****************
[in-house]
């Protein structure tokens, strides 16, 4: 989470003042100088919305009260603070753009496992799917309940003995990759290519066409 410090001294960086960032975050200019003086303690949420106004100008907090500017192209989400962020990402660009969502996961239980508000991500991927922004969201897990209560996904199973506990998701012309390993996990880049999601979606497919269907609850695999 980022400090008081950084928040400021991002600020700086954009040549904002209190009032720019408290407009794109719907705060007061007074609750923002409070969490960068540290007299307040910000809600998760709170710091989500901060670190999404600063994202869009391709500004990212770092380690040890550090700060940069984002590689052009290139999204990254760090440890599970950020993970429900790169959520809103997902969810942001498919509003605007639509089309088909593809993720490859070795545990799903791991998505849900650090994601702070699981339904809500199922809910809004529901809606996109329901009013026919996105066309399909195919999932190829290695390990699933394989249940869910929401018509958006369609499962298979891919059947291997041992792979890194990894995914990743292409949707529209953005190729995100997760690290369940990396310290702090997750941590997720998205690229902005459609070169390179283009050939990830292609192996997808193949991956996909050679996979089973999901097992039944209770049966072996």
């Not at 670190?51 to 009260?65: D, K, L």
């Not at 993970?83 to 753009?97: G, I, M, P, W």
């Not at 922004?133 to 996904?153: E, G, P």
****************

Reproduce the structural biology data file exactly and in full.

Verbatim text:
[in-house]
């Protein structure tokens, strides 16, 4: 989470003042100088919305009260603070753009496992799917309940003995990759290519066409 410090001294960086960032975050200019003086303690949420106004100008907090500017192209989400962020990402660009969502996961239980508000991500991927922004969201897990209560996904199973506990998701012309390993996990880049999601979606497919269907609850695999 980022400090008081950084928040400021991002600020700086954009040549904002209190009032720019408290407009794109719907705060007061007074609750923002409070969490960068540290007299307040910000809600998760709170710091989500901060670190999404600063994202869009391709500004990212770092380690040890550090700060940069984002590689052009290139999204990254760090440890599970950020993970429900790169959520809103997902969810942001498919509003605007639509089309088909593809993720490859070795545990799903791991998505849900650090994601702070699981339904809500199922809910809004529901809606996109329901009013026919996105066309399909195919999932190829290695390990699933394989249940869910929401018509958006369609499962298979891919059947291997041992792979890194990894995914990743292409949707529209953005190729995100997760690290369940990396310290702090997750941590997720998205690229902005459609070169390179283009050939990830292609192996997808193949991956996909050679996979089973999901097992039944209770049966072996």
């Not at 670190?51 to 009260?65: D, K, L």
């Not at 993970?83 to 753009?97: G, I, M, P, W």
């Not at 922004?133 to 996904?153: E, G, P």